about 2 years ago
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Rethinking the Social Media-Centric Classroom

comrade1 Wow a TED presenter (81 comments)

Please tell me, who hasn't given a TED talk? And how did he condense such a complicated topic into 7 slides?

more than 2 years ago
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Ford System Will Warn, Correct Lane-Drifting Drivers

comrade1 Re:This isn't new (469 comments)

Oh, wait. I just read that it will steer you back into the lane. Holy crap does that seem like a bad idea.

more than 2 years ago
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Ford System Will Warn, Correct Lane-Drifting Drivers

comrade1 This isn't new (469 comments)

This was an offer in an Audi Q5 we had built-to-order here in Switzerland. We put the order through three or four months ago for delivery in March. I put every safety feature possible in the car but the dealer told me not to keep this one because everyone ends up eventually turning it off.

more than 2 years ago
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Employer Demands Facebook Login From Job Applicants

comrade1 Good. Social media users are twits (434 comments)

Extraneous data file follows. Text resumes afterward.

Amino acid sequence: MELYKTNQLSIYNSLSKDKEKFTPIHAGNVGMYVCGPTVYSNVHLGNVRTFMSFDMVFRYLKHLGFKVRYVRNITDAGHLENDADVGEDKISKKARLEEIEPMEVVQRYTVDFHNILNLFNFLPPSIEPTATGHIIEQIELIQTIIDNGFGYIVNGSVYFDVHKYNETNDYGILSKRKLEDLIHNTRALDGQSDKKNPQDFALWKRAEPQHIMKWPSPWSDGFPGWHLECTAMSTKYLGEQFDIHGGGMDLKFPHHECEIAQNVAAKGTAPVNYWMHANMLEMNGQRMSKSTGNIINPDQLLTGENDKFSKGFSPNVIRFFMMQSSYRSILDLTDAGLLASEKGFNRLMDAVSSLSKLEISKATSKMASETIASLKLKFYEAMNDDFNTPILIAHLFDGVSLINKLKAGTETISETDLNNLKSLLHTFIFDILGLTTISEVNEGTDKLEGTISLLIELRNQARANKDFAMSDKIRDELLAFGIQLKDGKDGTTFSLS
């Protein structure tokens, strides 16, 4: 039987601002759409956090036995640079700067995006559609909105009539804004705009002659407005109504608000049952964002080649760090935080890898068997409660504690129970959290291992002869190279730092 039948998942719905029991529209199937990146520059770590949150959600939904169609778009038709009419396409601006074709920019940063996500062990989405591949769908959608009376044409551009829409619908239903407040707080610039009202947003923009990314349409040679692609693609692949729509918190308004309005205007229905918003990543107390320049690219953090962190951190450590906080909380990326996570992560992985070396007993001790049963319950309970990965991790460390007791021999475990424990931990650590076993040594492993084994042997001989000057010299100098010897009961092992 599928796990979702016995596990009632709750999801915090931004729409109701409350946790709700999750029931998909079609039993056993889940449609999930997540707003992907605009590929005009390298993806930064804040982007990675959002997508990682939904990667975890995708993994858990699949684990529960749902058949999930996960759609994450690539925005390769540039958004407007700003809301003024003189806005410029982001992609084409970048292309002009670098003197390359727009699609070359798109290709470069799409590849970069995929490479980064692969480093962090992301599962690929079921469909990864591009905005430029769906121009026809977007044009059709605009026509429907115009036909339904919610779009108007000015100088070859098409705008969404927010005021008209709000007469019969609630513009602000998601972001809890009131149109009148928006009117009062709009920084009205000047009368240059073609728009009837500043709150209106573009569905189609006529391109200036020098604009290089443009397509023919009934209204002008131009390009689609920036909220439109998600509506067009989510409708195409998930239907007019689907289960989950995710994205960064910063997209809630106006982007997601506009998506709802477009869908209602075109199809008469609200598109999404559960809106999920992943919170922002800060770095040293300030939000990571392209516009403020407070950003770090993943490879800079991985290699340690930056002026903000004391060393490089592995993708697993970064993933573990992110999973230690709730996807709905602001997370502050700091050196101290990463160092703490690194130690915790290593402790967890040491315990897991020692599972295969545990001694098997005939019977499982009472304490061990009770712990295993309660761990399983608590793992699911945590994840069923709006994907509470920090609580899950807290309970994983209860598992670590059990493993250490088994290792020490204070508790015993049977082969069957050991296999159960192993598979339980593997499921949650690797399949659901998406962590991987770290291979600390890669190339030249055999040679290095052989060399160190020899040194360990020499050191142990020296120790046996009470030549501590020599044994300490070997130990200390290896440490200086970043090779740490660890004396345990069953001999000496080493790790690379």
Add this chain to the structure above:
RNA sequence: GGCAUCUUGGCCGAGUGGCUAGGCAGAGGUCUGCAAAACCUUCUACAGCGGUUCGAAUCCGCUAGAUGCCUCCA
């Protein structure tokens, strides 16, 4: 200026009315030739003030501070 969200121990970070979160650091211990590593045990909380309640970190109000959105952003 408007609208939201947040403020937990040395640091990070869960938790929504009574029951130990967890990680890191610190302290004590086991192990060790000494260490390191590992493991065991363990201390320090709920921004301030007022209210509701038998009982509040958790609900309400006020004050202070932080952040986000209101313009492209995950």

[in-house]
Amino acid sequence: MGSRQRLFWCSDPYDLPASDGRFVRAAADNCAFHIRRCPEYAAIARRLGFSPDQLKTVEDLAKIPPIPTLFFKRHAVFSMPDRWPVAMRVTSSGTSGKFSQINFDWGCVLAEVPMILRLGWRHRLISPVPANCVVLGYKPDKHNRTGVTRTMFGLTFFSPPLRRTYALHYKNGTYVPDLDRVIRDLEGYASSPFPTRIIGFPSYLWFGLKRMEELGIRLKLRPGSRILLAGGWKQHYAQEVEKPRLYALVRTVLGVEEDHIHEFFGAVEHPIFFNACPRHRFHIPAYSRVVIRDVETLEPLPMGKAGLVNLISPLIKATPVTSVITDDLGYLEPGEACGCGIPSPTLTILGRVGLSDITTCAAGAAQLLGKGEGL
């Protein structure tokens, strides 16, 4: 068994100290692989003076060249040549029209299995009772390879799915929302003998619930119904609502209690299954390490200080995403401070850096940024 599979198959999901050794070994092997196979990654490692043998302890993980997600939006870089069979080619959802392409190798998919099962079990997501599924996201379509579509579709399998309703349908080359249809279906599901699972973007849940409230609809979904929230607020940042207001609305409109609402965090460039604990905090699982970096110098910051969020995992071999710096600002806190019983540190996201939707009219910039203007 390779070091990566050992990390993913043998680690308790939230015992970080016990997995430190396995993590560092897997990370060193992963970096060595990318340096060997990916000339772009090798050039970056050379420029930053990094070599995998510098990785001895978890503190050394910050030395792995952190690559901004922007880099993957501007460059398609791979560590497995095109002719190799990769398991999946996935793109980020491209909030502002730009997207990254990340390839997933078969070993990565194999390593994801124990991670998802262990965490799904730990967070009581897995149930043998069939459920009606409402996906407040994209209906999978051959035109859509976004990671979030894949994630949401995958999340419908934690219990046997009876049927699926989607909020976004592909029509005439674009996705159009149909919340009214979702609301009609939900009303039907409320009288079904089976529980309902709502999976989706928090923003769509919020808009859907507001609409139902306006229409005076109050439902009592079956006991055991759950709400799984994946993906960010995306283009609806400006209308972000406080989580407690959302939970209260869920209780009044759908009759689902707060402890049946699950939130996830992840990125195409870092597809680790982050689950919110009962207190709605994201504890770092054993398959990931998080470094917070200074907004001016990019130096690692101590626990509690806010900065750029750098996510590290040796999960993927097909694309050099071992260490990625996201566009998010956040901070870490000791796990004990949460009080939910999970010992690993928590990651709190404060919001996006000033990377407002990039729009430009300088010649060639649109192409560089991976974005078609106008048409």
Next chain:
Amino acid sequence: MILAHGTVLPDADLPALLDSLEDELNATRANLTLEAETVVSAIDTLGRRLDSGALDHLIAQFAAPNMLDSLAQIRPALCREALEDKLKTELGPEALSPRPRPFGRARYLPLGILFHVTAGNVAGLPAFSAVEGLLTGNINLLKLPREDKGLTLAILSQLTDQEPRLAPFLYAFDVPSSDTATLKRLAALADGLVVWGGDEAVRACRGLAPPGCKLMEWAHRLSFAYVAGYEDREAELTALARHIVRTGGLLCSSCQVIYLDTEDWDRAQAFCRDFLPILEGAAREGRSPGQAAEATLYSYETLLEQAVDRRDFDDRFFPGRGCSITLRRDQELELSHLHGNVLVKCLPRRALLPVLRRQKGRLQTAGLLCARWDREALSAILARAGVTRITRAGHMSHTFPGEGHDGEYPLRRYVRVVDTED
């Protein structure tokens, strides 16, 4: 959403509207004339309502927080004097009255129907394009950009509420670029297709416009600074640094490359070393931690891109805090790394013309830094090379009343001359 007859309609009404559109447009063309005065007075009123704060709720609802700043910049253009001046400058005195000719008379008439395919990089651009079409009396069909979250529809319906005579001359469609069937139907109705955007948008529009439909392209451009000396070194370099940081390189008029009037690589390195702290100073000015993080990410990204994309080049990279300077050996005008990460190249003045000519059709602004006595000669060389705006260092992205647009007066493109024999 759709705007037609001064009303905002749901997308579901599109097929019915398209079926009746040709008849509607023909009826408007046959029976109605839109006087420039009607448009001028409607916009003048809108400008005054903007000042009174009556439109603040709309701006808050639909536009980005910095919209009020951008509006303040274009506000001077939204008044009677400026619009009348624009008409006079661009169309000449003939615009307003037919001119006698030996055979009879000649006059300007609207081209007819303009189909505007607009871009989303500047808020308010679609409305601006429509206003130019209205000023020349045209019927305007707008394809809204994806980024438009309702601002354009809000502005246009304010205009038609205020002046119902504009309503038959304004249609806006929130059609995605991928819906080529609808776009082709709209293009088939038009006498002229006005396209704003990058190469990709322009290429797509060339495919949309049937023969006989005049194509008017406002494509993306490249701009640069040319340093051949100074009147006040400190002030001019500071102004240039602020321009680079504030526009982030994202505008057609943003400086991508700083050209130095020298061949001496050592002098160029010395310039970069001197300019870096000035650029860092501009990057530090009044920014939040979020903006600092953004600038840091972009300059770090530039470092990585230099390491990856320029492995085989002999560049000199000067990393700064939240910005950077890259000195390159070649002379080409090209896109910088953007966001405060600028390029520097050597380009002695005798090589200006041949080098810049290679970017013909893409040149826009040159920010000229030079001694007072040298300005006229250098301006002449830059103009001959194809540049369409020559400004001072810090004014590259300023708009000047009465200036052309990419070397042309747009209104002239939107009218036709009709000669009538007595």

Good. If you're pathetic enough to have a Facebook account I wouldn't want you working in my prisons. I look forward to your third-grade reading level responses.

more than 3 years ago
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Symantec To Acquire PGP and GuardianEdge

comrade1 Bad deal for PGP (160 comments)

PGP was doing over 100 million a year in business (dropped down to 75 last year with the recession). They could have IPOd at a billion. However, because most of the upper management was originally from Symantec they took this bad deal.

more than 4 years ago
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Securing Your Notebook Against US Customs

comrade1 Here's what I do on OS X, MacBook Pro (1021 comments)

I'm on OS X on a MacBook Pro. I use FileVault to encrypt my home directory and I use PGP Disk to encrypt two virtual drives (personal drive and my work drive).

This leaves my Shared user unencrypted, as well as all of my Application directories, System, etc. My Shared user is where I keep my music files and my iPhote directories, etc, btw.

I then set up two users and set my preferences so that it doesn't show the list of users at login, but instead makes you type in the login info. I have me, my regular user, but I also have a user with the name 'dev' that I can log into without a password.

With this setup there's a fair bit of my drive that isn't encrypted, and if someone does a file search for pictures or movies or music they will see some results. Hopefully they won't notice the encrypted virtual disks (which don't mount for the dev user) or notice that there's another user on the machine that they can't get into...

Honestly though, I'd probably just ship my laptop to wherever I'm going. If Customs intercepts it they can copy the harddrive for all I care - they won't have access to my work files, etc without some major key cracking powers.

more than 6 years ago